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A Day in the Life of a Visiting Nurse in Jamaica

Singh, Sherryon Gordon, MSN, RM, RN

doi: 10.1097/NHH.0000000000000775
A DAY IN THE LIFE OF...
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Sherryon Gordon Singh, MSN, RM, RN, is Faculty, The University of the West Indies, Mona—Western Jamaica Campus, Montego Bay, St. James, Jamaica.

The author declares no conflicts of interest.

Address for correspondence: Sherryon Gordon Singh, MSN, RM, RN, The University of the West Indies, Mona—Western Jamaica Campus, 10 Queens Drive, White Sands P.O., Montego Bay, St. James, Jamaica, W.I. (sherryon.gordon@uwimona.edu.jm).

I have been a registered nurse/registered midwife in Jamaica for 15 years. During my years of practice, I have had the opportunity to work in primary healthcare in St. James, Jamaica, located on the rural, western end of the island. During my tenure in primary care, my most rewarding experience was conducting home visits, not for the financial gain (there was none!) but because I felt like I made a difference in someone's life.

I remember visiting a teen with paraplegia and extensive pressure ulcers requiring wound care. For those of you who have not been to Jamaica, our rural areas tend to be very mountainous, with rocky terrains and lush green trees. My patient happened to live at the bottom of a very steep hill. It was raining cats and dogs that day. There I was in my angelic white uniform trying to navigate a steep hill with dignity. It was a war between nature and man and unfortunately for me, nature won! I went from walking to sliding to being caught by the patient's father!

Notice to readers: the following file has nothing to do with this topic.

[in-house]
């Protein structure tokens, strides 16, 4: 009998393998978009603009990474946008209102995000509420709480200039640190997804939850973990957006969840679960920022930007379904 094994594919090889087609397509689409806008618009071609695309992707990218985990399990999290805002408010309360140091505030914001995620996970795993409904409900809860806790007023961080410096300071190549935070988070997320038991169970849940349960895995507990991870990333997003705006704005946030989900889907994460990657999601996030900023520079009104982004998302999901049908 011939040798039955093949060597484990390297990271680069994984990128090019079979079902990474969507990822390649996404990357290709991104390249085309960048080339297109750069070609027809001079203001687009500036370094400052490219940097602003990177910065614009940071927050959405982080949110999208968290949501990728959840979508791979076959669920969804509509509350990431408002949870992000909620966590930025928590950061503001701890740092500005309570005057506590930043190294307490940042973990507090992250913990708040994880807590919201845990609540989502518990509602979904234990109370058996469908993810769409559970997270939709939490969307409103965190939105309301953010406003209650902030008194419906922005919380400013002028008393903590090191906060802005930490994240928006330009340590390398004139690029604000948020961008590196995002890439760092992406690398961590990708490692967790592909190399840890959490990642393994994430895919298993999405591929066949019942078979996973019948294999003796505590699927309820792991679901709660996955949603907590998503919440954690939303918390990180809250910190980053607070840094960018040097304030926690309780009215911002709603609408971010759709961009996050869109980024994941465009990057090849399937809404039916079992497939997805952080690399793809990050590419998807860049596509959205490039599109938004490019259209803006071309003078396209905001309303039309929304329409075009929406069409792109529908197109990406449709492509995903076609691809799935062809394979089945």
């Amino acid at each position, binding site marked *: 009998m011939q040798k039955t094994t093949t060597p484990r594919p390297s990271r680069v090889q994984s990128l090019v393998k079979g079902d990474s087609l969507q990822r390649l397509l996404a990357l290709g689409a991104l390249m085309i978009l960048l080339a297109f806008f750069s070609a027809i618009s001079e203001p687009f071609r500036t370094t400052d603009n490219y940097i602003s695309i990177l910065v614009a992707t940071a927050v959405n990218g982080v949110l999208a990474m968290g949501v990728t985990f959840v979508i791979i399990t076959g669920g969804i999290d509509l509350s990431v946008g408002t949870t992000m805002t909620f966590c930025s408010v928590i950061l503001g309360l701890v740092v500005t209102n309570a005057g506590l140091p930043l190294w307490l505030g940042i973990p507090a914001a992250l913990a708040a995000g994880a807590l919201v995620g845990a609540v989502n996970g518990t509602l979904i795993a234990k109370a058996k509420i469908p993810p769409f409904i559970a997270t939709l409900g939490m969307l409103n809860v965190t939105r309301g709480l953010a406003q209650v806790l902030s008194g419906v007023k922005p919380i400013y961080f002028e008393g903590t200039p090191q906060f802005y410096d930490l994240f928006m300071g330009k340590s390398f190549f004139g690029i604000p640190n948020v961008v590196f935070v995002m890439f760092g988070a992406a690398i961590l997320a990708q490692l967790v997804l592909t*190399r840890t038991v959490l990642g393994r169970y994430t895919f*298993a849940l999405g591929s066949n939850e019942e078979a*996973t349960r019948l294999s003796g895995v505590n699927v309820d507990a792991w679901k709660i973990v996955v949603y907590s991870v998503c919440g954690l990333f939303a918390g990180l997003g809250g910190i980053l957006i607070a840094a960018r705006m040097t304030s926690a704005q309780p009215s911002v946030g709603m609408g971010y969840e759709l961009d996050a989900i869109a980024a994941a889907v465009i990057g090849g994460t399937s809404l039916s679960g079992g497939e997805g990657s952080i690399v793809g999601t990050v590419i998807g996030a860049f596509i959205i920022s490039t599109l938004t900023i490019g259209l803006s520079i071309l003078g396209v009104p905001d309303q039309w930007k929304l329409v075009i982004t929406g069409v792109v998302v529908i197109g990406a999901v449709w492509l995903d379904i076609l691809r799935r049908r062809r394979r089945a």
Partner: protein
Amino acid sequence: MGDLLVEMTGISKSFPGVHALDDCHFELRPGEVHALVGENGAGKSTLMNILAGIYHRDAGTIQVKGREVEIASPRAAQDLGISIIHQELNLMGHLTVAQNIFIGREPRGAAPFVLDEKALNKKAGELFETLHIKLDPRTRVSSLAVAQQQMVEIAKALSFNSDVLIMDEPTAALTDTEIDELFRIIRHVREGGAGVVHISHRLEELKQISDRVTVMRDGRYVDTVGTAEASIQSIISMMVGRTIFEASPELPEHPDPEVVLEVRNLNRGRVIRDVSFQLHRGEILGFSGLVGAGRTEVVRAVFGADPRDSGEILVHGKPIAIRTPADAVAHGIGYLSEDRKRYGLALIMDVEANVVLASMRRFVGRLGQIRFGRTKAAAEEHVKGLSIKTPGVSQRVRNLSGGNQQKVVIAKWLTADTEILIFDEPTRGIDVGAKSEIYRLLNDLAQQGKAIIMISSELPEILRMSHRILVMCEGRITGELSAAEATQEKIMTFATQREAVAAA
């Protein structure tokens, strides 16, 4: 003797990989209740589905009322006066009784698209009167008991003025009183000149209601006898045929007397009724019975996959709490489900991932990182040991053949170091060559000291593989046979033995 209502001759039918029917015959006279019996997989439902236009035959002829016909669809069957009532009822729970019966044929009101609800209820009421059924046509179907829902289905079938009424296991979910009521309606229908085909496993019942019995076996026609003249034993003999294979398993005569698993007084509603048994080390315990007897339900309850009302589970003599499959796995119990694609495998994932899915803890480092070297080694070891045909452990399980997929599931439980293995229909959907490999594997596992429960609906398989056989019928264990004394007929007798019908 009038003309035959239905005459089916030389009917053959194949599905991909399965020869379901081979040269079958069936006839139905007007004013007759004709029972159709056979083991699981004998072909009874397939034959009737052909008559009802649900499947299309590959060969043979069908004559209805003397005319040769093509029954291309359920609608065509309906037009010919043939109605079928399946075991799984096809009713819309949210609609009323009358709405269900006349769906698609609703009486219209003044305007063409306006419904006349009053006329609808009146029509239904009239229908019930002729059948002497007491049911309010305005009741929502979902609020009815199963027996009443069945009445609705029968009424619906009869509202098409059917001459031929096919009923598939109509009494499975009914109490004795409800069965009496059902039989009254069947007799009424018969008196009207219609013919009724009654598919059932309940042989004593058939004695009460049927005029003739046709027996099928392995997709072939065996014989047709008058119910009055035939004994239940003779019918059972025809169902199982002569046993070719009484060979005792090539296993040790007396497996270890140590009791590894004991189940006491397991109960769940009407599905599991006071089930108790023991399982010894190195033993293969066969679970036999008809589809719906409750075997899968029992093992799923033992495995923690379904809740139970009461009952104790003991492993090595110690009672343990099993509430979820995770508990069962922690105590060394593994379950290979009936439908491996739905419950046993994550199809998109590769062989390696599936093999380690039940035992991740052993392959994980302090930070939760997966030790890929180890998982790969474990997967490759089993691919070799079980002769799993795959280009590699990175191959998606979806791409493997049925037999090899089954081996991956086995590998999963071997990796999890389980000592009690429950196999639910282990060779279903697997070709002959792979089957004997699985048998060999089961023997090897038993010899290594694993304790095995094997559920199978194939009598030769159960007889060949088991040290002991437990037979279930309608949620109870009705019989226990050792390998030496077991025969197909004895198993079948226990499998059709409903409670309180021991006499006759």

On the island, there is a group of nurses who have the privilege of conducting home visits every day. The Hyacinth Light Bourne Visiting Nursing Service, a nongovernment organization, has been in operation since 1957. It has a singular objective to bring professional nursing care to patients in their homes irrespective of their socioeconomic status. The visiting nursing service is a struggling industry in Jamaica. A once vibrant industry with several offices islandwide has now been reduced to a single entity located in the city of Kingston. The organization struggles to provide services with the aid of sponsorships, donations, and a small annual membership fee. Denise Smikle Grant is a visiting nurse, and today allowed me a brief glimpse into a day in her life.

Her first patient suffers with dementia and required a bed bath. Sounds simple enough but she also completed a thorough nursing assessment and provided much needed social interaction. The family looks forward to her visits as she not only helps them to care for the loved one, but encourages and supports them in every way possible. Her next patient was a man with paraplegia and pressure sores who required wound care. She ably assessed and dressed the wounds, and was particularly pleased to see the improvement that continuous care and teaching has brought him. She reflected on the financial struggles the client has and was pleased to be able to help. The final visit for the day is a nursing home. Though practical nurses are there during the day, legal regulations require a registered nurse to ensure competent care is delivered to the residents. Denise greets them one by one and monitors their vital signs and blood glucose levels for those with a diagnosis of diabetes.

Mosquito-borne diseases like Zika are a recent health problem in Jamaica. The Zika virus is transmitted from human to human by bites of infected mosquitos, through sexual contact, or perinatal transmission. Symptoms include mild fever, joint pain, nausea and vomiting, and fatigue. It is also common to see “pink eye,” skin rash, and sensitivity to light. Most people recover completely, but pregnant women can pass the disease on to their baby, where it can cause microcephaly and other birth defects, so no visit is complete without teaching patients and caregivers about mosquito control.

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